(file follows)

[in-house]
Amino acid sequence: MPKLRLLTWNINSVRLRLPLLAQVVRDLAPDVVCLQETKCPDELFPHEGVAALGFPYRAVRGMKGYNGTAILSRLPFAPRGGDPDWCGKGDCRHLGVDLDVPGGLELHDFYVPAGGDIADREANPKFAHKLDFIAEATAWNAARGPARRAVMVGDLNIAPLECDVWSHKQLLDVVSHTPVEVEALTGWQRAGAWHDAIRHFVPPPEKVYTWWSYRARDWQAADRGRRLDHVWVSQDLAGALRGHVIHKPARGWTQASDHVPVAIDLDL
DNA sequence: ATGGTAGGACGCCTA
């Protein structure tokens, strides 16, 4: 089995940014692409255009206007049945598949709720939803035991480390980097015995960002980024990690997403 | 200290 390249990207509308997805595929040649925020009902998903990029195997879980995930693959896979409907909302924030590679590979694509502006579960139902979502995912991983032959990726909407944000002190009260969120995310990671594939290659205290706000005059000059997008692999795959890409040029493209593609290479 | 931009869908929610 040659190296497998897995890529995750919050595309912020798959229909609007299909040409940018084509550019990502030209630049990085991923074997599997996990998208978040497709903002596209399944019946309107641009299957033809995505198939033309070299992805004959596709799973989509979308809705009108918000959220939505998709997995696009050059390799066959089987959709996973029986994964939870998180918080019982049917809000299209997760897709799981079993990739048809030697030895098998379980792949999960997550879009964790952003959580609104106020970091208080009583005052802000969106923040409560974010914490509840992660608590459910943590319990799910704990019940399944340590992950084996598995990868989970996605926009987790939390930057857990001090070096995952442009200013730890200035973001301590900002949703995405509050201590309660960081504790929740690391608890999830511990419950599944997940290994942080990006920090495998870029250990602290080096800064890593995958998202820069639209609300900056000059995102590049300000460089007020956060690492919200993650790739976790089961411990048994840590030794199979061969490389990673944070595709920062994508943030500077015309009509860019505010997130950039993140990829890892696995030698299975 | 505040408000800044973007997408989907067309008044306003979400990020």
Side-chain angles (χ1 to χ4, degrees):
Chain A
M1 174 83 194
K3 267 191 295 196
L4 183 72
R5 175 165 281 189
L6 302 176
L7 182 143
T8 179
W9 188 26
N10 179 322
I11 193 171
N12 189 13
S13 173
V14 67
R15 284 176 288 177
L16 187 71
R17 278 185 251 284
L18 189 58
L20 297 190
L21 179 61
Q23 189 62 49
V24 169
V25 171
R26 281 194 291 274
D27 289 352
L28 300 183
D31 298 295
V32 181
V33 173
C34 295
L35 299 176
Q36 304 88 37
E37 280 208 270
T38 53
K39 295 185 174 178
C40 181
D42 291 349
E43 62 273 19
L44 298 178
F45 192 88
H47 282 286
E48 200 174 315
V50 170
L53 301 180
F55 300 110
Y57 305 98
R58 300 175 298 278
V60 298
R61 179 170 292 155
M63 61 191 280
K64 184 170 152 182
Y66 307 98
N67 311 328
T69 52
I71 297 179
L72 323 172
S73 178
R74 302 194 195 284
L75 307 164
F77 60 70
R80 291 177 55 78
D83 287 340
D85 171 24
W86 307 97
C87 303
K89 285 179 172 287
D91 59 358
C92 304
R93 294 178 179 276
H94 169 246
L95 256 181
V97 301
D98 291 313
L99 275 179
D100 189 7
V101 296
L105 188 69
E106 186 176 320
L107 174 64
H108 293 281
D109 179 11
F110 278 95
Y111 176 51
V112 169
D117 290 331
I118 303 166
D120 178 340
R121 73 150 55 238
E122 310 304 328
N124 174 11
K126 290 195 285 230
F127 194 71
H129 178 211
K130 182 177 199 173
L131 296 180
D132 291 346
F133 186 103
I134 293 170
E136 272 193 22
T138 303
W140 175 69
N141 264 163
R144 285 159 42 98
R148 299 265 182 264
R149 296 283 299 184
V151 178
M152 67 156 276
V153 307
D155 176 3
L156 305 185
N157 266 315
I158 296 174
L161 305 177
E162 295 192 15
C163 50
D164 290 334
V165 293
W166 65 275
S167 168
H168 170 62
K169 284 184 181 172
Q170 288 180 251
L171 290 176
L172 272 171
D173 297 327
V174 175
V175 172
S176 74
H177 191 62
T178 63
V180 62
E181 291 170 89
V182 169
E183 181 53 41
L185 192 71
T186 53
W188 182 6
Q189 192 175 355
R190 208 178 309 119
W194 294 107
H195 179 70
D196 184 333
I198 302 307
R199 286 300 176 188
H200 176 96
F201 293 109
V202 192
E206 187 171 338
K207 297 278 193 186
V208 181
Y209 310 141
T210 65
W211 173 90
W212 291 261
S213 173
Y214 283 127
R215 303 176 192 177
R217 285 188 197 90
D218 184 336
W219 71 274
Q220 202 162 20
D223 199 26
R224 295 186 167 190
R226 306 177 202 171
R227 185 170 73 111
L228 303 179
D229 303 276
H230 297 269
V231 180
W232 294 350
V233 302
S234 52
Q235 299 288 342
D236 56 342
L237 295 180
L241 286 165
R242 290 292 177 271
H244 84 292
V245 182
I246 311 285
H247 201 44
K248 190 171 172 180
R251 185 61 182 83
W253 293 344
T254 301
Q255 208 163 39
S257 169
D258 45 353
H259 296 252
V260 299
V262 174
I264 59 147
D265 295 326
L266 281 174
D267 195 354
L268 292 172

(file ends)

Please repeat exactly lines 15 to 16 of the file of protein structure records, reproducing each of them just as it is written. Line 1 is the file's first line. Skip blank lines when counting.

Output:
N10 179 322
I11 193 171